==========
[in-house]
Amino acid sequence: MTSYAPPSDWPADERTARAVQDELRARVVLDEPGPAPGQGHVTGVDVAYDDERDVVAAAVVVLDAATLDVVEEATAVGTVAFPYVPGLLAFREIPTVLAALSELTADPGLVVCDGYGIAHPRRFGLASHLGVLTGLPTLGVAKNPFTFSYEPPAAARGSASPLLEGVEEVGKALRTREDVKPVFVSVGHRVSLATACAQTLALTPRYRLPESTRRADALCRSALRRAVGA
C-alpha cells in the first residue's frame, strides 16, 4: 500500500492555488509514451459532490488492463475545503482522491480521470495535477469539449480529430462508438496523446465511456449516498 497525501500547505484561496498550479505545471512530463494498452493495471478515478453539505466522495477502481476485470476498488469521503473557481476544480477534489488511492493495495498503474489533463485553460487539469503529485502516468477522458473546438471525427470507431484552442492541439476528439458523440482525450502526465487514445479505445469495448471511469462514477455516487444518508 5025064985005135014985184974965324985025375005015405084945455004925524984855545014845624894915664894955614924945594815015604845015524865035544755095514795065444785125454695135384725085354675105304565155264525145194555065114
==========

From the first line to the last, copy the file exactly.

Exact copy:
[in-house]
Amino acid sequence: MTSYAPPSDWPADERTARAVQDELRARVVLDEPGPAPGQGHVTGVDVAYDDERDVVAAAVVVLDAATLDVVEEATAVGTVAFPYVPGLLAFREIPTVLAALSELTADPGLVVCDGYGIAHPRRFGLASHLGVLTGLPTLGVAKNPFTFSYEPPAAARGSASPLLEGVEEVGKALRTREDVKPVFVSVGHRVSLATACAQTLALTPRYRLPESTRRADALCRSALRRAVGA
C-alpha cells in the first residue's frame, strides 16, 4: 500500500492555488509514451459532490488492463475545503482522491480521470495535477469539449480529430462508438496523446465511456449516498 497525501500547505484561496498550479505545471512530463494498452493495471478515478453539505466522495477502481476485470476498488469521503473557481476544480477534489488511492493495495498503474489533463485553460487539469503529485502516468477522458473546438471525427470507431484552442492541439476528439458523440482525450502526465487514445479505445469495448471511469462514477455516487444518508 5025064985005135014985184974965324985025375005015405084945455004925524984855545014845624894915664894955614924945594815015604845015524865035544755095514795065444785125454695135384725085354675105304565155264525145194555065114